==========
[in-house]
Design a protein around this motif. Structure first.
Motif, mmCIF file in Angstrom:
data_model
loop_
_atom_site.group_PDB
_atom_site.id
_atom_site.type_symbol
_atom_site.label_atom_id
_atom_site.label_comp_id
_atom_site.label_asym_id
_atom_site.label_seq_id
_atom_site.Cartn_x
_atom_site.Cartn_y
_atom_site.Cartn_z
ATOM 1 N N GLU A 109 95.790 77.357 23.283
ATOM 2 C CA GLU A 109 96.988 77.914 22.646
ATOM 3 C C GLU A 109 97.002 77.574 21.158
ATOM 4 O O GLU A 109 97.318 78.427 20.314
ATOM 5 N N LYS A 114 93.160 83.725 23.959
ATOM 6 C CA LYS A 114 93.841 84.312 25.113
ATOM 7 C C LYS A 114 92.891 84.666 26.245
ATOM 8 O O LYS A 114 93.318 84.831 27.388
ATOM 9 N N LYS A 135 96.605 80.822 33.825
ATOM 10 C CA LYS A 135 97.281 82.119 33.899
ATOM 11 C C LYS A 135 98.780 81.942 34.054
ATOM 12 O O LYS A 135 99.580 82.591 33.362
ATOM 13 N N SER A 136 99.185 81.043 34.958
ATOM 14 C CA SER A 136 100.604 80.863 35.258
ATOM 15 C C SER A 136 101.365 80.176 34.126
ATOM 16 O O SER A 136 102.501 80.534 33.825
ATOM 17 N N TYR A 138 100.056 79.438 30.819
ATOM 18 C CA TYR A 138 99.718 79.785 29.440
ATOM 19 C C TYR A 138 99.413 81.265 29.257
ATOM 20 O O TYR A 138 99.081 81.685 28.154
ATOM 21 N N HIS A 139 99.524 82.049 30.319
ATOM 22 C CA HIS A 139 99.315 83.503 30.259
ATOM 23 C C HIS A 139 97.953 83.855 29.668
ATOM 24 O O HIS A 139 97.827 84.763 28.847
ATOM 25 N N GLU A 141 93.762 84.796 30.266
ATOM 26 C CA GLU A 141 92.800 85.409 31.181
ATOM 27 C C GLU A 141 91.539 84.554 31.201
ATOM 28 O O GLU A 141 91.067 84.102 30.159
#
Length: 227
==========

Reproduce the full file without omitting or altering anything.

[in-house]
Design a protein around this motif. Structure first.
Motif, mmCIF file in Angstrom:
data_model
loop_
_atom_site.group_PDB
_atom_site.id
_atom_site.type_symbol
_atom_site.label_atom_id
_atom_site.label_comp_id
_atom_site.label_asym_id
_atom_site.label_seq_id
_atom_site.Cartn_x
_atom_site.Cartn_y
_atom_site.Cartn_z
ATOM 1 N N GLU A 109 95.790 77.357 23.283
ATOM 2 C CA GLU A 109 96.988 77.914 22.646
ATOM 3 C C GLU A 109 97.002 77.574 21.158
ATOM 4 O O GLU A 109 97.318 78.427 20.314
ATOM 5 N N LYS A 114 93.160 83.725 23.959
ATOM 6 C CA LYS A 114 93.841 84.312 25.113
ATOM 7 C C LYS A 114 92.891 84.666 26.245
ATOM 8 O O LYS A 114 93.318 84.831 27.388
ATOM 9 N N LYS A 135 96.605 80.822 33.825
ATOM 10 C CA LYS A 135 97.281 82.119 33.899
ATOM 11 C C LYS A 135 98.780 81.942 34.054
ATOM 12 O O LYS A 135 99.580 82.591 33.362
ATOM 13 N N SER A 136 99.185 81.043 34.958
ATOM 14 C CA SER A 136 100.604 80.863 35.258
ATOM 15 C C SER A 136 101.365 80.176 34.126
ATOM 16 O O SER A 136 102.501 80.534 33.825
ATOM 17 N N TYR A 138 100.056 79.438 30.819
ATOM 18 C CA TYR A 138 99.718 79.785 29.440
ATOM 19 C C TYR A 138 99.413 81.265 29.257
ATOM 20 O O TYR A 138 99.081 81.685 28.154
ATOM 21 N N HIS A 139 99.524 82.049 30.319
ATOM 22 C CA HIS A 139 99.315 83.503 30.259
ATOM 23 C C HIS A 139 97.953 83.855 29.668
ATOM 24 O O HIS A 139 97.827 84.763 28.847
ATOM 25 N N GLU A 141 93.762 84.796 30.266
ATOM 26 C CA GLU A 141 92.800 85.409 31.181
ATOM 27 C C GLU A 141 91.539 84.554 31.201
ATOM 28 O O GLU A 141 91.067 84.102 30.159
#
Length: 227